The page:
Engaging Bystanders to Prevent Sexual Violence: Resource List (4 p.) by National Sexual Violence Resource Center (2013). This resource list provides advocates and preventonists important resources to use when working in their communities and with community partners to develop, implement and sustain bystander intervention programs. There are publications, websites, mobile apps, Spanish language resources and training tools listed. This resource list is a part of the Engaging Bystanders to Prevention Sexual Violence Information Packet.

Engaging Bystanders to Prevent Sexual Violence: Overview (4 p.) by Mary Moynihan (2013). This document provides an overview of bystander intervention, including key features and successful bystander education prevention programs. This overview is a part of the Engaging Bystanders to Prevention Sexual Violence Information Packet

Engaging Bystanders to Prevent Sexual Violence: Annotated Bibliography (8 p.) by National Sexual Violence Resource Center (2013). This document features research articles, books, and presentation materials on bystander intervention theory and programs in various settings. This annotated bibliography is a part of the Engaging Bystanders to Prevention Sexual Violence Information Packet

Engaging Bystanders to Prevent Sexual Violence: Research Brief (16 p.) by National Sexual Violence Resource Center (2013).  The research reviewed in this brief provides insight into the mobilization of bystander behavior. Each study includes an application section, which provides advocates and preventionists information about how they can use this study in their work. This research brief is a part of the Engaging Bystanders to Prevention Sexual Violence Information Packet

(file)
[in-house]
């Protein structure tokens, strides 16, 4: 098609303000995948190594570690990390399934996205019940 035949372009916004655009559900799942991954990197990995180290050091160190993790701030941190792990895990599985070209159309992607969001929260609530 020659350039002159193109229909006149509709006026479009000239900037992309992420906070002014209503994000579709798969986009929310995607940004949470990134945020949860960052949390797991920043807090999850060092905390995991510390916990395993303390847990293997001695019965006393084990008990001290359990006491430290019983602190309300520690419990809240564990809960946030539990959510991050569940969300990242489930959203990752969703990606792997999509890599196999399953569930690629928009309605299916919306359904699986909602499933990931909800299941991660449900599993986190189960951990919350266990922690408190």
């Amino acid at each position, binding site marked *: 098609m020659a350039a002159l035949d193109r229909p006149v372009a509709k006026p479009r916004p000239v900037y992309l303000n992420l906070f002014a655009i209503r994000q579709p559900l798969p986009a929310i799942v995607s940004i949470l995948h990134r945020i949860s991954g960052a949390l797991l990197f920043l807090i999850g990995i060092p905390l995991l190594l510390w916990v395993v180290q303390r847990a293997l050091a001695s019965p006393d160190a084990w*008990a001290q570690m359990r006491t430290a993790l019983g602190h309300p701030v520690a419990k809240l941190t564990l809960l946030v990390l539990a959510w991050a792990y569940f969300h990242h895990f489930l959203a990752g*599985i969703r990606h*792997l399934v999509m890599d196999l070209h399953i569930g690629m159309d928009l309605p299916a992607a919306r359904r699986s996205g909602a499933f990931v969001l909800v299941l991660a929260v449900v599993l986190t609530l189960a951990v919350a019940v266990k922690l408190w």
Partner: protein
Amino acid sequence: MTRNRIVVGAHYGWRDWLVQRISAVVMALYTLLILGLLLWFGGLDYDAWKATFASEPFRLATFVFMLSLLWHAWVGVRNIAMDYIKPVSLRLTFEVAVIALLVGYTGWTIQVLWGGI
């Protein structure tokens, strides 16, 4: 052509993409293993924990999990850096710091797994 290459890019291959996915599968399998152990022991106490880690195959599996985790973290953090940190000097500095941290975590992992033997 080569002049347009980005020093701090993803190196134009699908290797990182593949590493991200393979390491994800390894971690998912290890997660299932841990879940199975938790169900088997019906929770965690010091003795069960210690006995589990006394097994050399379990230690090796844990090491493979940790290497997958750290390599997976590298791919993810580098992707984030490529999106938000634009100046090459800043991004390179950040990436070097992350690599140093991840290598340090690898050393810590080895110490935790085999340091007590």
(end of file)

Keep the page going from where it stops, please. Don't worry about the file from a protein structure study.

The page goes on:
Online Learning Opportunities

There are many online learning tools and opportunities to learn about the bystander approach. This section lists a selection of the many tools available.

Bystander Intervention: Focusing on Social Justice (recorded webinar) by PreventConnect. In this 1.5 hour long recorded webinar presenters discussed bystander intervention strategies and how social justice is linked to this work.

PreventConnect Wiki on Bystander Intervention (webpage) A user generated web site with information about developing, implementing and evaluating bystander intervention efforts.